ThyCa News

Londonderry resident organizes conference for thyroid cancer survivors

08/1998

DERRY NEWS
Friday, August 8, 1998

THYCA '98
Londonderry resident organizes conference for thyroid cancer survivors

by Suzanne Laurent
Derry News Staff

Wearing thick red wool socks and a vest over his shirt, Ric Blake sits on the deck of his Londonderry home. It's a beautiful sunny Saturday afternoon. A perfect day -- a dry, windless 80 degrees. Blake, however, is cold. Diagnosed three years ago at the age of 50, with thyroid cancer, Blake has stopped taking his medication, Synthroid, two weeks ago in preparation for a trip to the National Institutes of Health in Bethesda, Maryland to take part in a research protocol for thyroid cancer. While there at the end of August, he will have three sets of bone scans and a radioactive therapy treatment.

Each time a thyroid patient has scans done, the patient has to be off medication for six weeks. Being hypothyroid,without the medication, Blake's
body temperature drops from his average of 98.4 degrees to 96 or 97 degrees. Fatigue sets in and concentration is difficult.

Over the past three years, Blake went from denial (hiding the disease from those close to him), to anger, to as he calls it becoming a "cancer
terrorist." The result is a conference scheduled for September 18-20, called Thyca '98. Thyca is a term coined by Blake for thyroid cancer. "Thyca '98 is a nuts 'n bolts conference where survivors will have a chance to talk face-to-face with other survivors, most for the first time since their diagnosis," said Blake.

Blake went on to say that unlike breast and prostate cancer, thyroid cancer does not affect many thousands. "Only 12,000 to 15,000 are diagnosed with thyroid cancer each year," he continued. "We are so few, that unless physicians specialize in thyroid disease or surgery, they may go through their entire career treating only a handful of 'thyca' patients."

Thyroid cancer treatment requires taking daily medication and for the rest of the patient's life undergoing periodic diagnostic procedures and sometimes radiation. "Learning to live with the disease is much more difficult if you never have the chance to meet others with 'thyca'," said Blake.

Blake had surgery in October, 1995. What was supposed to be a two hour operation became six hours. His vocal chords were paralyzed and he had to have an emergency tracheotomy after a week of being in severe respiratory distress. Blake soon realized that there was no written material available for a patient going home after a tracheotomy. Blake, who is the director for the Office of Public Information at the Greater Lawrence Health Center, was terrified. Much of his job involved public speaking.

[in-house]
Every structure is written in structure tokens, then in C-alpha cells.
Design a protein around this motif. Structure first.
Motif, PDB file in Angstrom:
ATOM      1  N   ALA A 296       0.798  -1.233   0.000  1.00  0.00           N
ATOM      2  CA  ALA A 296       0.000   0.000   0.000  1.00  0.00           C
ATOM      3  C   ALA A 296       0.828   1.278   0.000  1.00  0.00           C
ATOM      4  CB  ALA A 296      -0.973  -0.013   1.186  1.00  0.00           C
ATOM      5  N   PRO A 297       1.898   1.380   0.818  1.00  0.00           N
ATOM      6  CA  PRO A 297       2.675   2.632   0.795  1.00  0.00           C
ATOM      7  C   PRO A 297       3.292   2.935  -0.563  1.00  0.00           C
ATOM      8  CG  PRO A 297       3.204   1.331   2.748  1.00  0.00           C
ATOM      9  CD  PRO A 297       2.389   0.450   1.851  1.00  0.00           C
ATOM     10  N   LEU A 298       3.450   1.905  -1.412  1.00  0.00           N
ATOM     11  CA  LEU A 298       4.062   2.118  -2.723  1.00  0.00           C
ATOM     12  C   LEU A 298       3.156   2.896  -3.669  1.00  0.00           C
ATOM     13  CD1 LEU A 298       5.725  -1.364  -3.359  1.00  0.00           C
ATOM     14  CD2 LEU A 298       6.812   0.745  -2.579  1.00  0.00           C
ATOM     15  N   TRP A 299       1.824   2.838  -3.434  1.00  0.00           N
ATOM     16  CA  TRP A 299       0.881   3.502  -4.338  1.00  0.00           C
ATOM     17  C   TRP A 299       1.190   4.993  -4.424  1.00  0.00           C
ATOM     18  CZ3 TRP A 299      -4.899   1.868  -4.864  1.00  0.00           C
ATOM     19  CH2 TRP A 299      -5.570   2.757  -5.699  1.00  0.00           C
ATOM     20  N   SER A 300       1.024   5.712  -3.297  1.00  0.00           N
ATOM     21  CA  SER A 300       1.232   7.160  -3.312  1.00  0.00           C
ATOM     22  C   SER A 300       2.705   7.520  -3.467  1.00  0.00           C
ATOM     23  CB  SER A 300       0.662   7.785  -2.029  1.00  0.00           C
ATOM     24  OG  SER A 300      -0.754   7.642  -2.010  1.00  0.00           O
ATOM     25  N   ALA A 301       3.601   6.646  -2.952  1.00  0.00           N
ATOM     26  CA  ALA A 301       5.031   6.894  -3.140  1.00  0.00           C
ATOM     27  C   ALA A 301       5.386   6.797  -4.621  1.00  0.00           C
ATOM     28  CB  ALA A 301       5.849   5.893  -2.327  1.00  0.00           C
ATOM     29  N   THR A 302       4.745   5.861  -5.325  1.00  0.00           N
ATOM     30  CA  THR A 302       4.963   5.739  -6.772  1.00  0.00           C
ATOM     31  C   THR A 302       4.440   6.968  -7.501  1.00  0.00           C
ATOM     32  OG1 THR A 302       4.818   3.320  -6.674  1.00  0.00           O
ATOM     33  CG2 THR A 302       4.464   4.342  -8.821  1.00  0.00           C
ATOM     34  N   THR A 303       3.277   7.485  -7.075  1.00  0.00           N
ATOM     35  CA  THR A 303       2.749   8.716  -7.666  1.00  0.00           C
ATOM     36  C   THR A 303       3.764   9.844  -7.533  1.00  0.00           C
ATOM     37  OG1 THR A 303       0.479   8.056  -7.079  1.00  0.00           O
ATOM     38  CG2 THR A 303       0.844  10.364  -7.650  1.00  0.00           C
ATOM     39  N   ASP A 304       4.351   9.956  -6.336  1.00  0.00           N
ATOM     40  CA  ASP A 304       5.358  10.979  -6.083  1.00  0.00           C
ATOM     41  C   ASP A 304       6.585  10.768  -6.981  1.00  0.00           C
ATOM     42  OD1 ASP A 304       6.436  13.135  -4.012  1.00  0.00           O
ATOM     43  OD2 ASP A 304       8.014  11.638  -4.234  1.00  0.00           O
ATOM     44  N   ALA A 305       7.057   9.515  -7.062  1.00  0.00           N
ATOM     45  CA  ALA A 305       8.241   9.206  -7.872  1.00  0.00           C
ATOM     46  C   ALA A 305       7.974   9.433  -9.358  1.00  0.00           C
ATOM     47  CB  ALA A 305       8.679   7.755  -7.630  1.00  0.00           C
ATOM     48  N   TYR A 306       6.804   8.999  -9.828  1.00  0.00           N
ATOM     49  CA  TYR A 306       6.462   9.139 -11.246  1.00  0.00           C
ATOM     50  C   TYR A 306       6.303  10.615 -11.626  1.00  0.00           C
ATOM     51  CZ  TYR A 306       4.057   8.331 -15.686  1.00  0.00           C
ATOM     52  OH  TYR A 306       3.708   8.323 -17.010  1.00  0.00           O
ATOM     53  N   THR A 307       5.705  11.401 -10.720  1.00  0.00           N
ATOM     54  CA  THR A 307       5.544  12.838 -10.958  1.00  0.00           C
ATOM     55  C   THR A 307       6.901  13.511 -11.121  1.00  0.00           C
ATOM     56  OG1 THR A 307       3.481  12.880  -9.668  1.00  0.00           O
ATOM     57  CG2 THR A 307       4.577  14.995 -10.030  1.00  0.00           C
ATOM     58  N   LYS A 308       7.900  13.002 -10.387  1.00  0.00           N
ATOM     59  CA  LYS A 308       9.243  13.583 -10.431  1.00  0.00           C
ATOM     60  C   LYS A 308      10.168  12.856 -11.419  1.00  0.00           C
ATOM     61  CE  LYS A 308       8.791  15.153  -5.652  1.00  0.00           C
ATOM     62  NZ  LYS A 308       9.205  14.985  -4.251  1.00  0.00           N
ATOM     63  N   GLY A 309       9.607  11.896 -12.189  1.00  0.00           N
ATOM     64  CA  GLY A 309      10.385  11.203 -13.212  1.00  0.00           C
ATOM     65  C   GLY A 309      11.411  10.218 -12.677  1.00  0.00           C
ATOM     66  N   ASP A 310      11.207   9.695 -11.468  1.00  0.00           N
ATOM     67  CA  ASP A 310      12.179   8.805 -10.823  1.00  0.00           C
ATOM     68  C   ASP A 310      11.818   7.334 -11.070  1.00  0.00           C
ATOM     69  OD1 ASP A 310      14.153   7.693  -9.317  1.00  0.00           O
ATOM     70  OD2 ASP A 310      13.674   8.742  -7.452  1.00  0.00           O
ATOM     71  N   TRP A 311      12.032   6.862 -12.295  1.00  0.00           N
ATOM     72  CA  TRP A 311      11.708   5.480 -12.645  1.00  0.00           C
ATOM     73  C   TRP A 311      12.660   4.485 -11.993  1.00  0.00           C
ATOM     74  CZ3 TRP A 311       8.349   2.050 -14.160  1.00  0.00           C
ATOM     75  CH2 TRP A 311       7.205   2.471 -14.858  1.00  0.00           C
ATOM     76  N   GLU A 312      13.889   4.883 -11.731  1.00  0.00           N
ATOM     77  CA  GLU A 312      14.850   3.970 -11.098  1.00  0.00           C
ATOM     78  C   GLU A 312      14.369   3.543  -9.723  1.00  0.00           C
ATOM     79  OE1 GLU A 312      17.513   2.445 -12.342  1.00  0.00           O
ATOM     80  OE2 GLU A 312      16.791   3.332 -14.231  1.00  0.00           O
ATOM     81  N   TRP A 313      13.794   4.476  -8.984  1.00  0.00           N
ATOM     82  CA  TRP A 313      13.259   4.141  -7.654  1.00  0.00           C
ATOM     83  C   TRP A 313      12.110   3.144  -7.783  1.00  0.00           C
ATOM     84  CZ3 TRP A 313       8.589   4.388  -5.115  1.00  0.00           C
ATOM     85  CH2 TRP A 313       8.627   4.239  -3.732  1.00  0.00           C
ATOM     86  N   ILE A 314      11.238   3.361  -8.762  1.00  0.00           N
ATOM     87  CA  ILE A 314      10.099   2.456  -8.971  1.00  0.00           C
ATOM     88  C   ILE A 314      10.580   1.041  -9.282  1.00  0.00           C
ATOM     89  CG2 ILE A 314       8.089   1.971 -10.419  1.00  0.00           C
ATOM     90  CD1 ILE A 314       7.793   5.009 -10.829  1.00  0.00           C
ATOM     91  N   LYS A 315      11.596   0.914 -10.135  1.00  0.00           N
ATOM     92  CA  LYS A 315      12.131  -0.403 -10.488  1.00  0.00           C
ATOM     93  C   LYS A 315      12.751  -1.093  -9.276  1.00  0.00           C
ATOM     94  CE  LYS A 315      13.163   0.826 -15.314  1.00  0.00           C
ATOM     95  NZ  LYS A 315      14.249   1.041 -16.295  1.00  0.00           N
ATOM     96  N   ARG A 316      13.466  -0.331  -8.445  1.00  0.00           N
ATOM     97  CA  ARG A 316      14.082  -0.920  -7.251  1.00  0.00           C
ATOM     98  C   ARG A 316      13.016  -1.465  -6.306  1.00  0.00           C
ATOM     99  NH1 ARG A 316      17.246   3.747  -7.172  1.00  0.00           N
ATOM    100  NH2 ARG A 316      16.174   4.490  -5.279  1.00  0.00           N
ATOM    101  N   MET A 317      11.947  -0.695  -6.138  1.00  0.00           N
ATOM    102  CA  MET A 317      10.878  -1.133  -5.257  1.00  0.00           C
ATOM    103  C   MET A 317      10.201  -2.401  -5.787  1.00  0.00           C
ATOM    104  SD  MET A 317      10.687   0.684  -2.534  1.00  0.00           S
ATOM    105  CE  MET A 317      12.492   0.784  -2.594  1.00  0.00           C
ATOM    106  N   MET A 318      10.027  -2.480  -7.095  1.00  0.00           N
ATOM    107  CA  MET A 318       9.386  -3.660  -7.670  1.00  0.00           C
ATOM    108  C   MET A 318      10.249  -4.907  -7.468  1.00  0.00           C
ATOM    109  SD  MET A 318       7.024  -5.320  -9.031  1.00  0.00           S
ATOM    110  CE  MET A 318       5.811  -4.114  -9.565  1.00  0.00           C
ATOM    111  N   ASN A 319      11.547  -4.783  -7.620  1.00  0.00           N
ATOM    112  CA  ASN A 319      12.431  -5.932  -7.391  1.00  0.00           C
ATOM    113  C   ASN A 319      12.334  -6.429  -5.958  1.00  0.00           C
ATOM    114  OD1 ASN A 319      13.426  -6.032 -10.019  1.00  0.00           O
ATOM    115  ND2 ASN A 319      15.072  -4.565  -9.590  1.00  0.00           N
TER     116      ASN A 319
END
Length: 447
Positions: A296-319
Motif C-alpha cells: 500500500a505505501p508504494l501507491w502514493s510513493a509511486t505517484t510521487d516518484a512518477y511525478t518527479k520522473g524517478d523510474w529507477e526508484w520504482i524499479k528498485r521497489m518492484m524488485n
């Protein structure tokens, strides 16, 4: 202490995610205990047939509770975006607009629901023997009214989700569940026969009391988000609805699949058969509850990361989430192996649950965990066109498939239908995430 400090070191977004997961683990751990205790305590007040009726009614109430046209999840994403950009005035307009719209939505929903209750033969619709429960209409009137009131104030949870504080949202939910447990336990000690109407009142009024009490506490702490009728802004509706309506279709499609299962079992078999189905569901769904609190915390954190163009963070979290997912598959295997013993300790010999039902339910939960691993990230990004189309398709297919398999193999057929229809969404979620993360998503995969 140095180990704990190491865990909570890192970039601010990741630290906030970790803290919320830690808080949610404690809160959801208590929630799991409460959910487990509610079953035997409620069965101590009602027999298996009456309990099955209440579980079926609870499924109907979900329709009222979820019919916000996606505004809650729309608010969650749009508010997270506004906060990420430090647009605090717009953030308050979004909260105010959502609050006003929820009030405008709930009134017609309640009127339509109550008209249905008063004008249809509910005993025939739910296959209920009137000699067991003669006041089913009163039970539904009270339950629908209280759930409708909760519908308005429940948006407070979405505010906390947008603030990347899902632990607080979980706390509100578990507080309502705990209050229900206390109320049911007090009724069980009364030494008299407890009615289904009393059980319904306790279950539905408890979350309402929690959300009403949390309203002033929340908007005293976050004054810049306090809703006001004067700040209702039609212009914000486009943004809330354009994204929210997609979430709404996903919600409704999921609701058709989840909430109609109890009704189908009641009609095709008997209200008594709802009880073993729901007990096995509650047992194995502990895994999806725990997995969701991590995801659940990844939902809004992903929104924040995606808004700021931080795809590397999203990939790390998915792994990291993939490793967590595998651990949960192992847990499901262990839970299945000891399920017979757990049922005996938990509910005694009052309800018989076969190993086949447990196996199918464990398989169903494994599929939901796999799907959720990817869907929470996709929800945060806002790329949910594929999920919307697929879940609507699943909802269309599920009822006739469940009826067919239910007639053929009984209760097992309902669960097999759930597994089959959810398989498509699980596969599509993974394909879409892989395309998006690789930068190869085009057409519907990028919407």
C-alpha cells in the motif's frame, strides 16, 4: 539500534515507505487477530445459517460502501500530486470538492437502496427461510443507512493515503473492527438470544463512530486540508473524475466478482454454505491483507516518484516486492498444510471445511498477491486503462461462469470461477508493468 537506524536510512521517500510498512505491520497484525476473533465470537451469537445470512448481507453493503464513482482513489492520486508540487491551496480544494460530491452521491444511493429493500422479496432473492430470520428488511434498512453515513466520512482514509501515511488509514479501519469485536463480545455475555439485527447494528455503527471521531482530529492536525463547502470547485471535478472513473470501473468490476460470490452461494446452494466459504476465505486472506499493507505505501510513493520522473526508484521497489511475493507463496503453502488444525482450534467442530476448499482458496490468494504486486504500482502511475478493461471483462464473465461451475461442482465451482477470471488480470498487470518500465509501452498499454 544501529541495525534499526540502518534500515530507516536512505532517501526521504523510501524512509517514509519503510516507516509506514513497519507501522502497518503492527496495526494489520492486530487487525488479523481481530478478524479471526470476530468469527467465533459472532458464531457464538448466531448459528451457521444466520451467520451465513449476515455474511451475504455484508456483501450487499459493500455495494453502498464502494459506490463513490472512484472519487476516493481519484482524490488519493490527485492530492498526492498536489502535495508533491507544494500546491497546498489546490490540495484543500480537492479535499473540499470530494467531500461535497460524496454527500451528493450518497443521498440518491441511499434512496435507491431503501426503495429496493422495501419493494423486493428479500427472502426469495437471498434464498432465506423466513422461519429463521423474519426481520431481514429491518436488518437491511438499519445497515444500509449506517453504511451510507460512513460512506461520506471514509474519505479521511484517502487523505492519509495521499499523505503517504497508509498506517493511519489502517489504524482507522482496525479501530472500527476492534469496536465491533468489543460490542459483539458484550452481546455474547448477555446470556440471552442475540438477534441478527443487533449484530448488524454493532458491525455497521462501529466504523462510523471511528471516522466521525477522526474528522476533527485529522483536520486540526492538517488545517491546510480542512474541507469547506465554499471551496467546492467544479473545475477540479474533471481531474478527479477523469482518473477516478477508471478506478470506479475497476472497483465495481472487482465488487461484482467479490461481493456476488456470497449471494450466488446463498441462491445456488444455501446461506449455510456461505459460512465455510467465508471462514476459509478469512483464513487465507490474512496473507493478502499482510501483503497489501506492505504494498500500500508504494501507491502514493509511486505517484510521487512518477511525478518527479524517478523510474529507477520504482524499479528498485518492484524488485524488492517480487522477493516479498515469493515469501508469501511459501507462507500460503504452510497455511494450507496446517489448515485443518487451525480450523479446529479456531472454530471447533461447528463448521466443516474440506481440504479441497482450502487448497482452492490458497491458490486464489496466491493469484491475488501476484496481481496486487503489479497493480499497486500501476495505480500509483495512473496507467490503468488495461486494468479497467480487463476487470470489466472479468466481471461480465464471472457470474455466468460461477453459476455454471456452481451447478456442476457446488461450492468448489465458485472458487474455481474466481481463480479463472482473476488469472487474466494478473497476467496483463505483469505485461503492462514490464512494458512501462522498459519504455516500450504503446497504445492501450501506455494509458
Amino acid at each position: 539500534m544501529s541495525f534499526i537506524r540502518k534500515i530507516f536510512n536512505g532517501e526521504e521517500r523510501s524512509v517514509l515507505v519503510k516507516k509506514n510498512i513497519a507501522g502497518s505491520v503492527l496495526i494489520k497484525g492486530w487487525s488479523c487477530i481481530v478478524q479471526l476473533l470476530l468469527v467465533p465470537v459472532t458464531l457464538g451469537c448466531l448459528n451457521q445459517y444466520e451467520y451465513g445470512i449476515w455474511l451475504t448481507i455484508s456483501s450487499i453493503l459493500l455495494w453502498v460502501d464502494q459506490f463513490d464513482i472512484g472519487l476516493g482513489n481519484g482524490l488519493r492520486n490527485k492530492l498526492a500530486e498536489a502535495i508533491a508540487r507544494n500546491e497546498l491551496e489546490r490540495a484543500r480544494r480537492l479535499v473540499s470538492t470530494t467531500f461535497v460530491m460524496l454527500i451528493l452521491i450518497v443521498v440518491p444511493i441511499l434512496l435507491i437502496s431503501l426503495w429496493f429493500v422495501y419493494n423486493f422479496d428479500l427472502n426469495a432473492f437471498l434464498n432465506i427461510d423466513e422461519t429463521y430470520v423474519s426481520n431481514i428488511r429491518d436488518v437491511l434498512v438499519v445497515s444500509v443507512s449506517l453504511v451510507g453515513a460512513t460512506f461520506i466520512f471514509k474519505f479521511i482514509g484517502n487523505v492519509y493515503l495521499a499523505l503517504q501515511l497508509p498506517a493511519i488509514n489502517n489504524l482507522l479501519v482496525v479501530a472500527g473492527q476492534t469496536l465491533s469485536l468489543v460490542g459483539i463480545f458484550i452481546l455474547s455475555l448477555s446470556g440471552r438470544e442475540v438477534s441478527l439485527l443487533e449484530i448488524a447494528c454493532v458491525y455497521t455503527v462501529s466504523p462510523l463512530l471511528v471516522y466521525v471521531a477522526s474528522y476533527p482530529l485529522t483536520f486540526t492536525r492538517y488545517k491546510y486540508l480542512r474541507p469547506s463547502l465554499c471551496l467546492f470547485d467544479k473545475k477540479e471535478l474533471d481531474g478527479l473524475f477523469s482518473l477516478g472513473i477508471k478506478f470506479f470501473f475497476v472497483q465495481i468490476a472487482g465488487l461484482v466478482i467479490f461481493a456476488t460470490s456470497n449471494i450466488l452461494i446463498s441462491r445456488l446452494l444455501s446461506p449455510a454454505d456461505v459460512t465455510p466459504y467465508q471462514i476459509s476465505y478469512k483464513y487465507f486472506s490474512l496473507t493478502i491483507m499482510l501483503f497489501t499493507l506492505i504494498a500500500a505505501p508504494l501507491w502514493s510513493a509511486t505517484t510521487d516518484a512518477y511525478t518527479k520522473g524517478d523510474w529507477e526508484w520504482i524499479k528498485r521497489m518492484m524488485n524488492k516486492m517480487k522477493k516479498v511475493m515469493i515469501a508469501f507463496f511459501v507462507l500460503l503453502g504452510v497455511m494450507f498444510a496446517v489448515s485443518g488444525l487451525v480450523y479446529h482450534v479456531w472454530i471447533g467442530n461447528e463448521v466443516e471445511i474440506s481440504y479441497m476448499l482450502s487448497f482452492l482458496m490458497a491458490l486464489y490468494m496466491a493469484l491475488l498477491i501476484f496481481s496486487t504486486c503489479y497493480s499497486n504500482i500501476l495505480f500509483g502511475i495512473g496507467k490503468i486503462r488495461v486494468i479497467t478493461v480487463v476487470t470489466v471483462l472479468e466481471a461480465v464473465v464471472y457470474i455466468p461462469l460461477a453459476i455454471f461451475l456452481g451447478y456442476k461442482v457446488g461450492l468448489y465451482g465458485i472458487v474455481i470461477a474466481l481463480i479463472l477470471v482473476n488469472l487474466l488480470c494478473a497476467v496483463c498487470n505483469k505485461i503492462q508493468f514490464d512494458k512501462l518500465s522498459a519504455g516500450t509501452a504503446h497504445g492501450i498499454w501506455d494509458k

Anger at lack of medical information about his disease increased when he tried to find support and to cope with living with this particular form of
cancer. "The worst part was that he wouldn't tell anyone for almost a year," said Diane, Blake's wife of 31 years. "Diane was just as terrified as I was," said Ric. Blake's vocal chords did heal and he is very outspoken now about his disease.

Help came over the Internet. Blake located a weekly thyroid cancer chat room organized by Karen Ferguson, a resident of Charlotte, North
Carolina, also diagnosed with thyroid cancer. The chat room is open to 'thyca' survivors from 8 to 9 pm on American Online every Monday night.

Blake found the chat room particularly helpful to guide someone through what he calls "your worst nightmare." When Blake needed to have his
first radiation treatment, he describes a sense that could be right out of a Robin Cook novel. "For three days, I was in isolation after swallowing a
pill that made me radioactive. I had to eat and sleep with piled up paper plates and bedding. The whole room was encased in white paper and
plastic. No one wanted to come in the room."

Thyroid patients must starve their bodies for iodine by going off the Synthroid for six weeks, and eating a special iodine-free diet for two weeks before a scheduled bone scan. During the scan, iodine is used to target cancerous cells. If cells are found the patient must go through the radiation treatment.

Blake keeps a sense of humor about life. His perennial garden has whimsical objects here and there to make him smile. "Most people have this
thing about angels," he said. "Look around -- gargoyles, everywhere." On a more serious note, he said, "for many years before I was diagnosed with cancer, I lived each day as a gift, a lesson even more important to remember after a life-threatening illness. In my case, I took up perennial gardening. You have to have faith you'll be around to enjoy the beauty of your work when you plan a perennial that won't mature for another few
years."

Having the support group on the Internet helps, but Blake wanted to make the ordeal of surviving thyroid cancer more personal -- to have survivors
meet face to face. Open to survivors and their families, the conference will have round-table discussions co-facilitated by survivors and health care
personnel. Topics will include "RAI" therapy, tests and treatments, iodine-free diet and managing the hypothyroid roller coaster. The conference
will beheld at the Boston Mariott in Burlington, Mass. The cost of the conference is $10 per person if registered before August 15, after which it
will be $25. One can register by contacting Jan Scheuerman, Thyca '98 registrar, 413 SW 46th Terrace, Cape Coral, FL 33914-6466 or registering
through the Thyca '98 web page at http://people.ne.mediaone.net/sunbear/thyca. Ric Blake may be reached at 603-434-4932 evenings and weekends or by e-mail: Rblake2675@aol.com


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